The Atlantic Cities magazine ran an article that got us talking. Here are a few excerpts from the Atlantic Cities piece:
City streets can be scary places, especially when you’re on a bike and everyone else is rushing past you in cars. Our streets can also be deadly places: in 2010 [PDF] 618 U.S. cyclists were killed on roads. Fully one-third of bike fatalities happen within intersections. The prospect of getting smashed into the asphalt keeps all but the most fearless cyclists off of many city streets. Scary streets mean a less bikeable city.
“Nobody wants to ride their bike in the left lane of a six-lane road with 40-mile-an-hour traffic. It’s crazy,” says Peter Furth. He’s a civil and environmental engineering professor at Northeastern University and co-author of a new report out from the Mineta Transportation Institute that looks at how varying levels of “traffic stress” on different city streets can limit where people are willing to ride.
“The difference between bicycling and other modes of transportation is that if you aren’t willing to risk your life on a dangerous road, you often simply can’t get from here to there,” says Furth.
Furth says that much of the problem has to do with typical transportation planning in the U.S., where streets are designed primarily as pathways for cars to move across as quickly as possible. The residential streets that make up most of a city’s road system are much more amenable to bike riding than the larger traffic streets, but when residential meets arterial the network of bikeability is breached. That means fewer parts of the city are easily connected and fewer people are likely to consider a bike as a viable transportation option for going across town.
Lots of people already bicycle around in Austin. Young adults (our workforce and future leaders) are choosing to drive less and opting in favor of more social and active forms of mobility like biking and walking. This is a positive movement that should be supported, especially in recognition of an ongoing national health crisis which is largely attributed to inactive lifestyles where diabetes, obesity, and depression are pervasive.
Movability asked Annick Beaudet, Bicycle and Urban Trails Program Manager for the City of Austin, “So what is happening in Austin to make roads safer and more inviting for bicyclists?” Beaudet says, “Austin has a more robust commitment than this City has ever seen before to the design and construction of safe cycling and walking facilities. We understand that a lot of people may not yet feel completely safe bicycling on the streets today. So we are beginning to design facilities for families and adults who may be casual or occasional bicycle riders, not just the ‘confident and fearless’ riders.”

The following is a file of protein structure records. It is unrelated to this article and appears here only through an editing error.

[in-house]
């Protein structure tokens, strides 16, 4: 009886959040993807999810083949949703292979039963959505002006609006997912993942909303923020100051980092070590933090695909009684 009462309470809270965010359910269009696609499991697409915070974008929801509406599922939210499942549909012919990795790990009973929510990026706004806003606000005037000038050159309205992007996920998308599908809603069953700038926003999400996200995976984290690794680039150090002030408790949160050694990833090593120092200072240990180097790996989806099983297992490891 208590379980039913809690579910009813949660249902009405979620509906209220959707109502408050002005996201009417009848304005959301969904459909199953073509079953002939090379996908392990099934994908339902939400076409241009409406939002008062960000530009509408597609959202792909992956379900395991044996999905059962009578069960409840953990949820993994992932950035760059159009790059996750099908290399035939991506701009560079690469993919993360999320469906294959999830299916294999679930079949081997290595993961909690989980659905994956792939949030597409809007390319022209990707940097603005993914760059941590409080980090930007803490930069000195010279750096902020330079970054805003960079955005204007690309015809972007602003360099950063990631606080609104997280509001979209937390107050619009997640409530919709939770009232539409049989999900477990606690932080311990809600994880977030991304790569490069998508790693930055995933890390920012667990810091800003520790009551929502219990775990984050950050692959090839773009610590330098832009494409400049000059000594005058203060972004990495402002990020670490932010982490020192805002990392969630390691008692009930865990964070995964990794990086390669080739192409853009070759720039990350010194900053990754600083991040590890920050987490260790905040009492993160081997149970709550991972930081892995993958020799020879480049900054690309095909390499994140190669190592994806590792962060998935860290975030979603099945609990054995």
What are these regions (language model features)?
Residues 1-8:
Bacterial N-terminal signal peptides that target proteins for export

Beaudet says, “An example of this design concept is the new bike boulevard on Rio Grande. The downtown portion of Rio Grande feels like a neighborhood street and is very comfortable, utilizing traffic calming at intersections to create a closer speed difference between bicyclists and motorists. A new signal at MLK recognizes bicycles and we carried the lane through intersection to communicate clearly where to expect bicycles. At the north end of the bike boulevard near MLK, where there is a lot of cross traffic as well as pedestrians and cyclists, we have installed a separated bikeway.”
The next big bicycle project will be on Barton Springs Road where the City will improve the signals and lane markings in order to better communicate how bicycles cross Lamar. Also, separated and protected bike lanes will be installed on Barton Springs Rd from Lamar to S. 1st Street to provide safer bikeways from Zilker Park to Congress Avenue with connections into downtown via the Pfluger Pedestrian Bridge, 1st St., and Congress Ave.
“The City understands,” says Beaudet, “the problems [facing cyclists] better than we ever have in the past. Most of the safety problems are at intersections and connectivity along the major corridors with lots of auto traffic.” We are proactively looking at how Austin can develop complete streets that work well and safely for all users of all abilities, but we also need to fix the little problems that make the big differences in the system to allow for smooth connections.”
There is also a need to improve the behavior of cyclists. They aren’t exactly the same as cars and yet “rules of the road” apply equally for cyclists and to auto drivers. And when people see a bicyclist ignore a stop sign it becomes a symbol of bad behavior, even if more motorists are ignoring that same stop sign. As Engaging Cities notes, legal conflicts will only worsen as more people bicycle. One example of ways states are attempting to smooth these conflicts are more specific stopping laws for each mode, which Texas does not have in place yet. States like Idaho and Montana allow bicyclists to treat stop signs as yield signs and red lights as stop signs who’s design purpose is to slow cars (tons of steel moving at higher speeds) to reduce dangers at intersections.